Serum creatinine was 1.02mg/dL. BUN was 19mg/dL. AST was 37U/L, and ALT was 40U/L. Urinalysis revealed: 0-2 RBCs, 0-2 white blood cells and no proteinuria. ESR was 36mm/h. Rheumatoid factor was < 10 IU/mL. ANA was negative. Due to the severe symptoms and the MRI findings of subcortical fracture of the right hip, the patient underwent right total hip replacement (Figure 4). He was treated with a short course of prednisone 0.5mg / kg on a tapered dosing regimen for 1 month after the hip replacement. This regimen helped to resolve his skin lesions. However, the patient experienced a relapse of the skin lesions 1 week following the discontinuation of his prednisone regimen. He was treated with another course of 0.5mg / kg with the addition of methotrexate 15 mg weekly. The new regimen was adequate to resolve his skin lesions.
To our knowledge, avascular necrosis is a rare initial presentation of IgA vasculitis that has not been frequently reported in the literature. AVN as a complication has been reported in a patient with chronic IgA vasculitis . However, this case differs in that AVN was the primary finding followed by the development of classical IgA vasculitis manifestations such as palpable purpura and abdominal pain. Additionally, AVN typically affects one femoral head and both become involved within 2 years . This case presents as bilateral AVN of the hip, though the right side was more affected. When approaching a patient with hip pain, various specialized physical examination maneuvers can be done in order to narrow the differential diagnosis. The FABER test, also known as the Patrick test, is an acronym for the exam maneuver with a patient supine: flexion of the leg at 45 degrees, hip abduction, and external rotation; a positive test occurs when pain is elicited posteriorly in the sacroiliac joint, posterior hip, or lumbar spine. A positive FABER test may also indicate intraarticular arthropathy of the hip if the pain is localized to the groin.
The FADIR test, or impingement test, is another abbreviated maneuver for passive complete flexion, adduction, and internal rotation of the leg with the patient supine; a positive test occurs when pain is elicited. The log roll test, also known as passive supine rotation or the Freiberg test, is another specialized physical exam maneuver conducted with the patient supine. During the log roll test, the patient’s leg is extended and relaxed while the clinician internally and externally rotates the leg in a log roll motion. A positive test is when pain or restricted movement of the leg occur . For our patient, the log roll, FABER and FADIR tests were all positive on the right hip. Avascular necrosis can be primary or secondary in etiology. Most common causes of AVN include trauma, glucocorticoid use, and excessive alcohol consumption. The exact pathophysiology of AVN from atraumatic etiology is not yet well understood. However, diagnosis is effective with MRI, the gold standard for AVN diagnosis where sensitivity and specificity reach 99%. MRI remains the imaging modality of choice for early detection and the most effective tool to stage AVN . There are several staging systems for AVN including the Ficat and Arlet Classification System and the Steinberg Staging System. The Ficat and Arlet Classification System is based upon radiographic findings categorized in four stages, with stage I as normal imaging and stage IV as femoral head collapse and osteoarthritis of the hip. According to this system and his imaging, our patient would be categorized as a stage IIA due to the subchondral sclerosis without crescent sign on x-ray.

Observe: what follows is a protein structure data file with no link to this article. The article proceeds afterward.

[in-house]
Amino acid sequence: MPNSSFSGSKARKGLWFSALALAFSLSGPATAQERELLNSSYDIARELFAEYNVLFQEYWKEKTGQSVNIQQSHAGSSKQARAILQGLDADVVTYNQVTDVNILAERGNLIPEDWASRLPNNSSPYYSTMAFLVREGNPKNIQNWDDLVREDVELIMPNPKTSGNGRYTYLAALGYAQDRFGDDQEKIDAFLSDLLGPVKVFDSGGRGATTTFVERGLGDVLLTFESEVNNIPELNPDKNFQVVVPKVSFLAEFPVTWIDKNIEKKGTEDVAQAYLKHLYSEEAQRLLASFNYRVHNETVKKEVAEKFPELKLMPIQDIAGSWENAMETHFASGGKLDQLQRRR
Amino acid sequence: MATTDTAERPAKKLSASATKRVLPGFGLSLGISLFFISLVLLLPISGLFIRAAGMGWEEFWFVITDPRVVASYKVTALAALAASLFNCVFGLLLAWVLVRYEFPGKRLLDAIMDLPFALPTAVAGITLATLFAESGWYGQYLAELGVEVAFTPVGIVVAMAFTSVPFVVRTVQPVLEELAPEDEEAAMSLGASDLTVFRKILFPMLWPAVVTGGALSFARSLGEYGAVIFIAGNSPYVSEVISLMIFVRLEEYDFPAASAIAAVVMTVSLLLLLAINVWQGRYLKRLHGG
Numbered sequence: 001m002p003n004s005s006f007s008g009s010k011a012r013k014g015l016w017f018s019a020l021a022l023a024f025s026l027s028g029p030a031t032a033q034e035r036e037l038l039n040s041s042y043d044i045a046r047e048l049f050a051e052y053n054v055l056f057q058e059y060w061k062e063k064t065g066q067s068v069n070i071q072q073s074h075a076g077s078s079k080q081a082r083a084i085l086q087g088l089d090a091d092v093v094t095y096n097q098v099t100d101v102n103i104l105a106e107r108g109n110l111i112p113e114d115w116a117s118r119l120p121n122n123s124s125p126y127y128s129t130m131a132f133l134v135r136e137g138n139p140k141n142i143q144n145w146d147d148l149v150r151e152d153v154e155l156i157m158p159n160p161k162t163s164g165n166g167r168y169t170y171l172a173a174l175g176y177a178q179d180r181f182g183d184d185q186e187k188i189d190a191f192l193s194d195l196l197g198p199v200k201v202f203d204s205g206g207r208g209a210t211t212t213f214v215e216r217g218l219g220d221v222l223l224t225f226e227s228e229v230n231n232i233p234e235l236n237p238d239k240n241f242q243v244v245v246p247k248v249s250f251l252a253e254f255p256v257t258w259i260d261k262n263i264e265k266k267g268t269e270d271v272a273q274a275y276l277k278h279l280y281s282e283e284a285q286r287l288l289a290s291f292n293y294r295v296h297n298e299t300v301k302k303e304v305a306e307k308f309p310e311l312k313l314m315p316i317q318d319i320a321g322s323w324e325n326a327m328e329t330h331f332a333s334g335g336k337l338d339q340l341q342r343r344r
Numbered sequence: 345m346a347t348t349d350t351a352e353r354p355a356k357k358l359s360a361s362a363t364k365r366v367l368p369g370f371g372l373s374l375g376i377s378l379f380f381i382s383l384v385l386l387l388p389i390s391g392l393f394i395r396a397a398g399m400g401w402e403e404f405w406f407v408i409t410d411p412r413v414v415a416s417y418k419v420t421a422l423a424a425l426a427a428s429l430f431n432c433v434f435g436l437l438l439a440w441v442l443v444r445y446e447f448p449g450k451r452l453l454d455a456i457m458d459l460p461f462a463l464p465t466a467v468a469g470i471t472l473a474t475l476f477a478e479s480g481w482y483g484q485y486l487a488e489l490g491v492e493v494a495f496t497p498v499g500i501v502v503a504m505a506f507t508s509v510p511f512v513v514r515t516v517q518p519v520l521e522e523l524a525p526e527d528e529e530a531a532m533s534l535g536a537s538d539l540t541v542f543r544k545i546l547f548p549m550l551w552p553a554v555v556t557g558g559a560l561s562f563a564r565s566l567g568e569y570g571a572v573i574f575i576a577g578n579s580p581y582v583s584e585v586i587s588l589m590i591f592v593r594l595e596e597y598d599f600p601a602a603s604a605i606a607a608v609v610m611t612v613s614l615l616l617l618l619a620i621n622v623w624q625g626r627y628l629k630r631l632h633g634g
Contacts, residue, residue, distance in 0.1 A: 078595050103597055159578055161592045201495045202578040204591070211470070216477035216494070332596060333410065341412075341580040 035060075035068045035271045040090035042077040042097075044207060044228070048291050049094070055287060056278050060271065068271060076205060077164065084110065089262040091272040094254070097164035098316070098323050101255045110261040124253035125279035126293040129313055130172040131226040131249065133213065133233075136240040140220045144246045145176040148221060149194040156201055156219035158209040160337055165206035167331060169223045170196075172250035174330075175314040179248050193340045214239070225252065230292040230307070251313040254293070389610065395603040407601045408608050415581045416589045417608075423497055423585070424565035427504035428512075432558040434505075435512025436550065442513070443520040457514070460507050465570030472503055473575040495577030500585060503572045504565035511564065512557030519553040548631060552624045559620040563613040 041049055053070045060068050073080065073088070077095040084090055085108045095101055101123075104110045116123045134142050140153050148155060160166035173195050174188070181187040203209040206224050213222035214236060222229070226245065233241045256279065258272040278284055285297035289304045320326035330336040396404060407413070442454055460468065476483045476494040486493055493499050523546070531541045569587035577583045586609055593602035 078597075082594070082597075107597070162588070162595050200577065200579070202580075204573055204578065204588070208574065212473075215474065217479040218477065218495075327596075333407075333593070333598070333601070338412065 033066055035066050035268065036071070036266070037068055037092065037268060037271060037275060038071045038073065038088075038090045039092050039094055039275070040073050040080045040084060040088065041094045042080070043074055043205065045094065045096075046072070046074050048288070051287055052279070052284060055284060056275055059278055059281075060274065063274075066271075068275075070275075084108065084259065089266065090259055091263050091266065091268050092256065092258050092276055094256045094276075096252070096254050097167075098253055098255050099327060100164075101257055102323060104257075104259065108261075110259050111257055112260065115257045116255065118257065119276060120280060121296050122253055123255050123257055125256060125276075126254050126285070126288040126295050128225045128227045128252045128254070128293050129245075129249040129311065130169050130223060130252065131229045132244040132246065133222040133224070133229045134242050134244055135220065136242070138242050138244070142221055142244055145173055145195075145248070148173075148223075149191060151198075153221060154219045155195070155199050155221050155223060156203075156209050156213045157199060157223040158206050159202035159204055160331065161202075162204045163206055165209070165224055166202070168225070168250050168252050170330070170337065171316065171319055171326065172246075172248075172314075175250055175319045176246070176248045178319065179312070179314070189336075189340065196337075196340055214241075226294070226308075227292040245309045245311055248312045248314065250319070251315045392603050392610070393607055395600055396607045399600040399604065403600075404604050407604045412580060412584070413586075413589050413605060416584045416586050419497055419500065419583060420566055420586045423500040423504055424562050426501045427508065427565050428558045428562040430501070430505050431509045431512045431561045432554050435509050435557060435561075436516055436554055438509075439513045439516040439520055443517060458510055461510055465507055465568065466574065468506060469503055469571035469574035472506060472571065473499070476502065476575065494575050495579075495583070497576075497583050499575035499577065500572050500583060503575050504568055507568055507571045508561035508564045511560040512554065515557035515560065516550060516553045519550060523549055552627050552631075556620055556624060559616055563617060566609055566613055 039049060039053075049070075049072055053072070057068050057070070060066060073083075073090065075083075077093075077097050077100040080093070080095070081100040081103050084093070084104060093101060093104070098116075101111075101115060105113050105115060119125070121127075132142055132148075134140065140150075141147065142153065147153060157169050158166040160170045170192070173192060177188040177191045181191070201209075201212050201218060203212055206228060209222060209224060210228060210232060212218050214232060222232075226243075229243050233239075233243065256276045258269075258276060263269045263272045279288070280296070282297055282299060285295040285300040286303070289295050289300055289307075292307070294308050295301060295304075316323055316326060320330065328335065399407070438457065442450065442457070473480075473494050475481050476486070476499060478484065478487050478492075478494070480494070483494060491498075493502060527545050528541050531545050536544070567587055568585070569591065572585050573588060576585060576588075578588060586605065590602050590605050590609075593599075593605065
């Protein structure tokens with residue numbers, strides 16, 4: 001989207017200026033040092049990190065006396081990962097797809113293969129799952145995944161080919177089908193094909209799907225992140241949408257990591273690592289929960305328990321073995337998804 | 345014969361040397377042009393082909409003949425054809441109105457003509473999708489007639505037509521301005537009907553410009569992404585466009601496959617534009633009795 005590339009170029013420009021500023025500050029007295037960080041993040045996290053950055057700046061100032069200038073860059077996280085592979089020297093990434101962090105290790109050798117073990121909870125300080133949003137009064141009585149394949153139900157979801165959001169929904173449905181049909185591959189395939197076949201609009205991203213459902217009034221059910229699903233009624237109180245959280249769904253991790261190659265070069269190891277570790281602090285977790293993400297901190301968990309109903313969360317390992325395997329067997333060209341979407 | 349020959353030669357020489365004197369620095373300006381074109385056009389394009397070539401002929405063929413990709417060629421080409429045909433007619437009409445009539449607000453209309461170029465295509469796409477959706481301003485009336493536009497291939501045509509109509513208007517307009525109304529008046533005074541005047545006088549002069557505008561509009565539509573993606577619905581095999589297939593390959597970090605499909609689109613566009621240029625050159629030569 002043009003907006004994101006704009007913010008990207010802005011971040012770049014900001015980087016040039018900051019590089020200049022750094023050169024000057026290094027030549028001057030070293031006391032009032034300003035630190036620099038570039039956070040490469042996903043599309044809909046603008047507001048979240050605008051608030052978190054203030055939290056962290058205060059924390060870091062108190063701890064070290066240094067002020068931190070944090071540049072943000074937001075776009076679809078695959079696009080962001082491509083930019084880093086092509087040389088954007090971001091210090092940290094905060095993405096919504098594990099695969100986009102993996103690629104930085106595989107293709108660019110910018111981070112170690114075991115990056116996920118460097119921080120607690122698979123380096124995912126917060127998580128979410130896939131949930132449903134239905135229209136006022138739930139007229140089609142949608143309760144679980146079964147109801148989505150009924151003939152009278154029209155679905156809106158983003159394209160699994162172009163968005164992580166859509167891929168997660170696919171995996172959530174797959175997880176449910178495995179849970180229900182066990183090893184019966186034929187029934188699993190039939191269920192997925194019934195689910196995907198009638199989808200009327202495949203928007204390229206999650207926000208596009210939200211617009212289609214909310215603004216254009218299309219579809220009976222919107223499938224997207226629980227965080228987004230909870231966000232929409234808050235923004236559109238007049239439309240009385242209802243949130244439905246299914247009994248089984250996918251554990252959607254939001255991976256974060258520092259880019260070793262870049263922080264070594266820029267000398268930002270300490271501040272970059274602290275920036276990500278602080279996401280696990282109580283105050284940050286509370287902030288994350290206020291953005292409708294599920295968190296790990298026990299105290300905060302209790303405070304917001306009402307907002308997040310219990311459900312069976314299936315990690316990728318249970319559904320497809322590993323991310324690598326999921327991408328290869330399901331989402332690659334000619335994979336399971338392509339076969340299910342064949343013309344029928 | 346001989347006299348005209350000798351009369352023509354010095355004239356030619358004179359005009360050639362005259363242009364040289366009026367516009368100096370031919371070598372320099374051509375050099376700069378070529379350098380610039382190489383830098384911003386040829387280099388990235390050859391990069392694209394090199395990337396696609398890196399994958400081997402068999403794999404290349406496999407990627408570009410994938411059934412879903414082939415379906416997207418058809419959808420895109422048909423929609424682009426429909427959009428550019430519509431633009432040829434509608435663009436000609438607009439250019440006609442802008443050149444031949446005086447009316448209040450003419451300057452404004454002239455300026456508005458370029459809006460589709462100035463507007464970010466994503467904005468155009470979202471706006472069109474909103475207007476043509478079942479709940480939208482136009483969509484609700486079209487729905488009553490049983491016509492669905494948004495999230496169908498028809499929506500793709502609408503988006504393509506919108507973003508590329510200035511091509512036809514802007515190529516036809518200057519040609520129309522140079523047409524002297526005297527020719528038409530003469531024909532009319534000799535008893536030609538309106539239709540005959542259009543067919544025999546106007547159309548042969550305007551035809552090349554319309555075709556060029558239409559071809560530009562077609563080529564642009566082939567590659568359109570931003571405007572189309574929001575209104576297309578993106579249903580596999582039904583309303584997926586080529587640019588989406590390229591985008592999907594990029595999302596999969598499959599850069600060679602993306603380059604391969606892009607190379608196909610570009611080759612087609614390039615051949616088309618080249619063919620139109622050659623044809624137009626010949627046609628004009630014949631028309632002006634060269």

The Steinberg Staging System elaborates on the first system by categorizing findings into six stages, from normal imaging to advanced degenerative joint disease, with substages based on the intensity of femoral head involvement. Based upon the Steinberg Staging System and his imaging, our patient would be classified as a stage IIB due to the moderate subchondral sclerosis involving between 15-30% of the femoral head . Initial treatment of avascular necrosis is largely supportive, observation and protection of the joint from bearing weight. The definitive treatment is surgical to either preserve the femoral head or to completely replace the hip via arthroplasty . Immunoglobulin A vasculitis continues to have an unknown etiology. Diagnosis is based upon clinical findings and tissue biopsy with IgA deposits on immunofluorescence. IgA vasculitis also typically receives supportive treatment as the disease tends to be self-limited. Oral glucocorticoids are indicated, though, for severe purpura, edema, or abdominal pain . In this case, our patient initially presented with AVN and concomitantly developed signs and symptoms of IgA vasculitis. He underwent arthroplasty of the right hip and was started on a tapering dose of prednisone. Skin biopsy demonstrated classical features of IgA vasculitis. We propose AVN as a manifestation of systemic vasculitis in this patient due to involvement of both hips, and lack of other offending factors such as use of systemic steroids before the onset of AVN.
Common symptoms of IgA vasculitis include palpable purpura and abdominal pain. Here, we describe a patient with IgA vasculitis who had an unusual initial presentation of bilateral avascular necrosis of the hips followed by abdominal pain and purpura. The occurrence of AVN in IgA vasculitis is a rare complication; but this does not typically occur during initial presentation or as a bilateral finding. No other causes adequately characterized this patient’s condition.
Conflict of Interest
We do not have any conflicts of interest to disclose. There was no source of funding for this case report.